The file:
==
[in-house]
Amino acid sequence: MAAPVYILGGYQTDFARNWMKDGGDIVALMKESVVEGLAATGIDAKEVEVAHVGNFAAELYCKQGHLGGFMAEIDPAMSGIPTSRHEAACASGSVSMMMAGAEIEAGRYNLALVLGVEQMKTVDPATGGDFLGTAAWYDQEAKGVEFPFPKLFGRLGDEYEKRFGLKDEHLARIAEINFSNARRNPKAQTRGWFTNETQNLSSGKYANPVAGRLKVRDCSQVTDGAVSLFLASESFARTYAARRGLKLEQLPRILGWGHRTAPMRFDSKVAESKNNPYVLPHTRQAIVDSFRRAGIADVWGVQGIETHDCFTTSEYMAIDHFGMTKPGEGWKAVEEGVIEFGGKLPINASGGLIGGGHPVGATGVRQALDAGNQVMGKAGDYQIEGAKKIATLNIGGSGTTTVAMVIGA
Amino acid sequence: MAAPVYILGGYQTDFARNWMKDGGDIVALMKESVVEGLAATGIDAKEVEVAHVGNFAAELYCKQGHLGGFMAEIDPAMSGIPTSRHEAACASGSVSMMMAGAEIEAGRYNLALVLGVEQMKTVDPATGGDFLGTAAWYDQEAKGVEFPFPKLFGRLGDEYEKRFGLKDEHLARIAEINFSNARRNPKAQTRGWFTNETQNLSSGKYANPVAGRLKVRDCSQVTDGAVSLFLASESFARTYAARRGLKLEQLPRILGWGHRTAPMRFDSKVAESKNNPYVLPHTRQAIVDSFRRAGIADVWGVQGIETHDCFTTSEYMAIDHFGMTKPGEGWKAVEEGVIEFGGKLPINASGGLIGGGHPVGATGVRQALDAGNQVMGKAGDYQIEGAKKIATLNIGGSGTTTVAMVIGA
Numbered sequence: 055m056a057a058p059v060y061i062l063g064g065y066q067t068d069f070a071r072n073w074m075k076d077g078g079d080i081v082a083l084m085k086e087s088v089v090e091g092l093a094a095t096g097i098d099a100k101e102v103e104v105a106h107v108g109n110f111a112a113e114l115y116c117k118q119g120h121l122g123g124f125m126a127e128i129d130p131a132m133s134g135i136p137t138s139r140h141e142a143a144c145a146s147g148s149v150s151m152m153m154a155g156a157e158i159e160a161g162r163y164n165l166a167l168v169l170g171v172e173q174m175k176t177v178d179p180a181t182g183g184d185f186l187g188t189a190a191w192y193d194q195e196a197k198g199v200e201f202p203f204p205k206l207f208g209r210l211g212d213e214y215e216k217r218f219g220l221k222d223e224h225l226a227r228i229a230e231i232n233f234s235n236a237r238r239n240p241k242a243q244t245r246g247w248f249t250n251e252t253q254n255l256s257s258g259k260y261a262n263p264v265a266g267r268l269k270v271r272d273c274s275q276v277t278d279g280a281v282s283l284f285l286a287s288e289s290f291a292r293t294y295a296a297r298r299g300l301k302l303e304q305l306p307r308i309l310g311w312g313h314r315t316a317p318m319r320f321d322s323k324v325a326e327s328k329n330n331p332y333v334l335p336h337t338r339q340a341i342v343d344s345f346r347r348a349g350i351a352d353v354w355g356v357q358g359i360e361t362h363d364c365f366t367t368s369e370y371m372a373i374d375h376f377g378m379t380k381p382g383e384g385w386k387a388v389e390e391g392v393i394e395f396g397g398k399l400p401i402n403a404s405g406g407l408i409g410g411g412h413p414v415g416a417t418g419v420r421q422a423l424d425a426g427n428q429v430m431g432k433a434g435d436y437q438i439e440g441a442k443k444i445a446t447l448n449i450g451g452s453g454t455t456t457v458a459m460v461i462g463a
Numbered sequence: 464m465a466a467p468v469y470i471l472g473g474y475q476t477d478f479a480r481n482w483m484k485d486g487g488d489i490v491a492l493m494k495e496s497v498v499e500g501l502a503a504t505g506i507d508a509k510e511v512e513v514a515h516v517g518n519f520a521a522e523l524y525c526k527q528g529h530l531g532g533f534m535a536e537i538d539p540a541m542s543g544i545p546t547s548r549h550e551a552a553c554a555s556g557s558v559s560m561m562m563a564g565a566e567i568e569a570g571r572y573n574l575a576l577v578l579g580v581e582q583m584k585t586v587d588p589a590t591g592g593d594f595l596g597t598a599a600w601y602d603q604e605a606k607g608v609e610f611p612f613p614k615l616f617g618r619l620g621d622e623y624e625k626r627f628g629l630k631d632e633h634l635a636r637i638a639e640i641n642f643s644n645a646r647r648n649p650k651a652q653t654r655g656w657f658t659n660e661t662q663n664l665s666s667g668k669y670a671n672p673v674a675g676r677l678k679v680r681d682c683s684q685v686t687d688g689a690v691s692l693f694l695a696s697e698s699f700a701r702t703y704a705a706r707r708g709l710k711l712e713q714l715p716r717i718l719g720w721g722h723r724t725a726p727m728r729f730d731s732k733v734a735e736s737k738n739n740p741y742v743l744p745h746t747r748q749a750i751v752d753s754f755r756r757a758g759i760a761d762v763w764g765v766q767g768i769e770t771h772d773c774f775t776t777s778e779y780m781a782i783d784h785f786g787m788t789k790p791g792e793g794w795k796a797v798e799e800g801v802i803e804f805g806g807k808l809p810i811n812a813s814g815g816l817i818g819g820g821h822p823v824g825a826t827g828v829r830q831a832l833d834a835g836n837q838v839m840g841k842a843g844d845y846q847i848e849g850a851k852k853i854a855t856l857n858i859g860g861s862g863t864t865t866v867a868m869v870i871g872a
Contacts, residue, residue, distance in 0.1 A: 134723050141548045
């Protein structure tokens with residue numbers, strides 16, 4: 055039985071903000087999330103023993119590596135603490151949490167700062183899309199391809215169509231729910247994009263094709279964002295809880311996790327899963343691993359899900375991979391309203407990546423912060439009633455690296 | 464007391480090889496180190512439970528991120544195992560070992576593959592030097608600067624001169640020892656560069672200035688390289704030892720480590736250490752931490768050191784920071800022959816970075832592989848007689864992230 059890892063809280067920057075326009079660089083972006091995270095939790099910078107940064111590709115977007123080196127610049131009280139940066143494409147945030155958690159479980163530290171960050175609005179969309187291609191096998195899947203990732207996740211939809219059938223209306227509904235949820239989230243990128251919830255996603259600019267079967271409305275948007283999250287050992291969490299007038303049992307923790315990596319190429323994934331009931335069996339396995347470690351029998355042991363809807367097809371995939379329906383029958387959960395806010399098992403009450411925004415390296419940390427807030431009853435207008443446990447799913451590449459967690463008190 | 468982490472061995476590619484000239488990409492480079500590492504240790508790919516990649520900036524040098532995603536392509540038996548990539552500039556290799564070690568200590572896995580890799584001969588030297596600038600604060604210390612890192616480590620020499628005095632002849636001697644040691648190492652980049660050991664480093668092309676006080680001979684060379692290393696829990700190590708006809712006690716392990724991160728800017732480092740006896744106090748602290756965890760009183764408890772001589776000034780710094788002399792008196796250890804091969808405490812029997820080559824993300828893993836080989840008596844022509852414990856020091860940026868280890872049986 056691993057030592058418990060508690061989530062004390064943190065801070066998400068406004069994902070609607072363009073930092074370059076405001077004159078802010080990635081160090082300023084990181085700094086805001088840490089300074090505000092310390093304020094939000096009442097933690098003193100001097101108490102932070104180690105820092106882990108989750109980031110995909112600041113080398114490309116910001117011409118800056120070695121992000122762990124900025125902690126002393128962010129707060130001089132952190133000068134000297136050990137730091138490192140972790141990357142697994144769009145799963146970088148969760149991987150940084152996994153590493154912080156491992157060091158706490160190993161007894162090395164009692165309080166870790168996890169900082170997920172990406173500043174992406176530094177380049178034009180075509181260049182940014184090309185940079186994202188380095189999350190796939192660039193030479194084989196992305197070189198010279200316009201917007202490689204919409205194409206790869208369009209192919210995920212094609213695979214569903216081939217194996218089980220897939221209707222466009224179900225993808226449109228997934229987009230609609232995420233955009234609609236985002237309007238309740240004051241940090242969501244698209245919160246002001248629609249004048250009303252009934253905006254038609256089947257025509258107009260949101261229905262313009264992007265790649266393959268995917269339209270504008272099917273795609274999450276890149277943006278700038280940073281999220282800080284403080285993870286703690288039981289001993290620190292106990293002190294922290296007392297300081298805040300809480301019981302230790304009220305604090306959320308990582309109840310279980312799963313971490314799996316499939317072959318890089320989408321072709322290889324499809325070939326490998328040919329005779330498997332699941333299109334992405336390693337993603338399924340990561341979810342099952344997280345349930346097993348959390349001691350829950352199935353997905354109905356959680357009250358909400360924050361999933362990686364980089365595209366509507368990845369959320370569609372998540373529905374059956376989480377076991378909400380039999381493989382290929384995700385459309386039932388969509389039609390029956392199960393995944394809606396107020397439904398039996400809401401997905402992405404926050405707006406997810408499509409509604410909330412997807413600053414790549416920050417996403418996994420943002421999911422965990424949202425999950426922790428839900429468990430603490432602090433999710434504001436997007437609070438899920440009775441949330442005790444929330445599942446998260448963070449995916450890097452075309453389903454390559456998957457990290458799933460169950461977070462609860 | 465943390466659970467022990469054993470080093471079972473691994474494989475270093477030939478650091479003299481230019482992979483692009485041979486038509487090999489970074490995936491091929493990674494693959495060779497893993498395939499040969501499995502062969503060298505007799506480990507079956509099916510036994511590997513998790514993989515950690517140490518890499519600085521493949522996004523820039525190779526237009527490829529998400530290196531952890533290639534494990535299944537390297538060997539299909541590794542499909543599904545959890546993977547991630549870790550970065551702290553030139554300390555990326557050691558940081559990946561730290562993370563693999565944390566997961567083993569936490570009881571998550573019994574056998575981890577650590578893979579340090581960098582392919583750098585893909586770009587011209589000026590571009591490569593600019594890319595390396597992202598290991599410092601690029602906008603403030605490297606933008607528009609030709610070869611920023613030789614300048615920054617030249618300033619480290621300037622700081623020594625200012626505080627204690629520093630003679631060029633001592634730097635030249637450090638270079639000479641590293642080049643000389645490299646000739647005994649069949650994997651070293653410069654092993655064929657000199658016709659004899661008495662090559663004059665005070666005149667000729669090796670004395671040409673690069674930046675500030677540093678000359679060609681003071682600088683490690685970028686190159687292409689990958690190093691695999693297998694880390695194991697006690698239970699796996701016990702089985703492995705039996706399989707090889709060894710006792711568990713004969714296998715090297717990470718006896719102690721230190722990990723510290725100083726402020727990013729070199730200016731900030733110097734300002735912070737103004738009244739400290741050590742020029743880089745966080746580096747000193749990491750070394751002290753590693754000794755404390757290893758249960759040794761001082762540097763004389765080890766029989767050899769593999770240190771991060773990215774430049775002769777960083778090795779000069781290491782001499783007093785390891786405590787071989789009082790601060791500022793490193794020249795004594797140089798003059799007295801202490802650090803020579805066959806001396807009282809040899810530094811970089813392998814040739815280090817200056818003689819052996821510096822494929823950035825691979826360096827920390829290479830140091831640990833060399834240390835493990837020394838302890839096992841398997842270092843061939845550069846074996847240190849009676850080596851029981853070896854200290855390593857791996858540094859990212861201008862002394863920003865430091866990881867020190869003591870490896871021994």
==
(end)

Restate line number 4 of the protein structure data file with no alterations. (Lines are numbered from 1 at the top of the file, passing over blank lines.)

Numbered sequence: 055m056a057a058p059v060y061i062l063g064g065y066q067t068d069f070a071r072n073w074m075k076d077g078g079d080i081v082a083l084m085k086e087s088v089v090e091g092l093a094a095t096g097i098d099a100k101e102v103e104v105a106h107v108g109n110f111a112a113e114l115y116c117k118q119g120h121l122g123g124f125m126a127e128i129d130p131a132m133s134g135i136p137t138s139r140h141e142a143a144c145a146s147g148s149v150s151m152m153m154a155g156a157e158i159e160a161g162r163y164n165l166a167l168v169l170g171v172e173q174m175k176t177v178d179p180a181t182g183g184d185f186l187g188t189a190a191w192y193d194q195e196a197k198g199v200e201f202p203f204p205k206l207f208g209r210l211g212d213e214y215e216k217r218f219g220l221k222d223e224h225l226a227r228i229a230e231i232n233f234s235n236a237r238r239n240p241k242a243q244t245r246g247w248f249t250n251e252t253q254n255l256s257s258g259k260y261a262n263p264v265a266g267r268l269k270v271r272d273c274s275q276v277t278d279g280a281v282s283l284f285l286a287s288e289s290f291a292r293t294y295a296a297r298r299g300l301k302l303e304q305l306p307r308i309l310g311w312g313h314r315t316a317p318m319r320f321d322s323k324v325a326e327s328k329n330n331p332y333v334l335p336h337t338r339q340a341i342v343d344s345f346r347r348a349g350i351a352d353v354w355g356v357q358g359i360e361t362h363d364c365f366t367t368s369e370y371m372a373i374d375h376f377g378m379t380k381p382g383e384g385w386k387a388v389e390e391g392v393i394e395f396g397g398k399l400p401i402n403a404s405g406g407l408i409g410g411g412h413p414v415g416a417t418g419v420r421q422a423l424d425a426g427n428q429v430m431g432k433a434g435d436y437q438i439e440g441a442k443k444i445a446t447l448n449i450g451g452s453g454t455t456t457v458a459m460v461i462g463a